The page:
They’re pretty obnoxious, pretty full of themselves, and probly take forever to get ready every time they leave the house. I don’t think I’d want to hang out with them. I guess the sister witches are as different from each other as the witches of Oz. This sister’s followers are nothing like that old hag in Suspiria, who Udo Kier keeps referring to as “The Mother of Sizes.” I don’t remember that being a thing.
The Mother of Tears herself (played by Moran Atias), when we see her in her underground lair or whatever, seems to model herself more after Lisa “Left Eye” Lopes.
I know what you’re probly thinking, just like I was: Man, I need some alchemy in this thing. What the fuck good is a movie without alchemists in it? Don’t worry, there is a part where she goes to talk to a nice old man in a wheelchair and he sprays perfume in her face and it paralyzes her and he pulls out a big lens that makes her eye veins glow so he can read them and find out everything about her. These type of scenes are why I gotta have some love for MOTHER OF TEARS.
Sarah has other people on her side. There’s this beautiful woman Marta (Valeria Cavalli) who I guess is a “white witch” who knew her mother, so she tells her what’s up with the ghost mom and gives her alot of the information she needs like “your parents were killed by an evil witch” and “only you can save the world from descending into mayhem and mass suicides because of this same witch.”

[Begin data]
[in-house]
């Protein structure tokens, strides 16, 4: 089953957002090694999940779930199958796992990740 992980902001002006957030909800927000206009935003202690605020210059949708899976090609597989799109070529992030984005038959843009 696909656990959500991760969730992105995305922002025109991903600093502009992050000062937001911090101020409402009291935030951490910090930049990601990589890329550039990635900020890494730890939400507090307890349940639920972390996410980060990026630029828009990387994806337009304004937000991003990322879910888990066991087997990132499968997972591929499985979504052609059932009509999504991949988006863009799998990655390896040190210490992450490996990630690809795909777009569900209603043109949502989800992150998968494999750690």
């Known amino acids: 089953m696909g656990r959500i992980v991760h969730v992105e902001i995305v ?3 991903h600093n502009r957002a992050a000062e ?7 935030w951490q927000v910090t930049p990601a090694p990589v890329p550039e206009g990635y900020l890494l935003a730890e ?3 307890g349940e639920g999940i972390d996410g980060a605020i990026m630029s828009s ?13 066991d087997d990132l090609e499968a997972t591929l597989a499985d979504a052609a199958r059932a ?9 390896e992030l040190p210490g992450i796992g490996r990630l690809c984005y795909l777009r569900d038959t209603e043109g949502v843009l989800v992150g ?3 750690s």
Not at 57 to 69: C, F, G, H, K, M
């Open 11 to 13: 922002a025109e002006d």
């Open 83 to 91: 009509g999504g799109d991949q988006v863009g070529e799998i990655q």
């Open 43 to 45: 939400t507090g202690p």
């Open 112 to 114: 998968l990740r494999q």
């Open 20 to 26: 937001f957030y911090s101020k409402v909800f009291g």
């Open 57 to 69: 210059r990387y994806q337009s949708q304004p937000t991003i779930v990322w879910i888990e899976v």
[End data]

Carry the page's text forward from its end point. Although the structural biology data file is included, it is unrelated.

As soon as Sarah leaves Marta alone with her gorgeous young girlfriend we get the scene that makes the movie. Sarah finds out someone is after Marta and calls to warn her. And she’s not sure what she hears on the other end of the phone, but suffice it to say it’s this motherfucker:
He has the evil monkey with him, and he takes out a folding tool that is used to poke out two eyeballs at once, and he uses it. Also he uses another tool to do something much worse that I am not so happy that I have seen. Then the Mother of Tears and her stable of hoes stroll in, naked under their skimpy robes, baldie here immediately bows and grovels, and the mother goes over and licks the tears off of poor, dying Marta.
The scene actually made me say “Oh my god,” out loud, so I gotta give Argento credit.
And, I mean, I am only a man, only a human being. I like the simple pleasures in life. So I like the part where the monkey jumps on Sarah’s head:
I can’t be sure but it looks like Asia was a trooper and did that with a real monkey. I don’t know why Vin Diesel was so reluctant to kiss a cool lady that goes the extra mile like that.
This is a movie in desperate need of one of those fan recuts. Or not even recut it, just have some young Goblin acolytes add more instrumentation to those Simonetti themes and go nuts with it. It would make the movie way more enjoyable if you could nod your head to it.
It’s crappy, but it’s fun. It’s almost there. I can’t recommend it as the conclusion to the trilogy, but if you want to sample some late Argento weirdness then I say go for it.
VERN has been reviewing movies since 1999 and is the author of the books SEAGALOGY: A STUDY OF THE ASS-KICKING FILMS OF STEVEN SEAGAL, YIPPEE KI-YAY MOVIEGOER!: WRITINGS ON BRUCE WILLIS, BADASS CINEMA AND OTHER IMPORTANT TOPICS and NIKETOWN: A NOVEL. His horror-action novel WORM ON A HOOK will arrive later this year.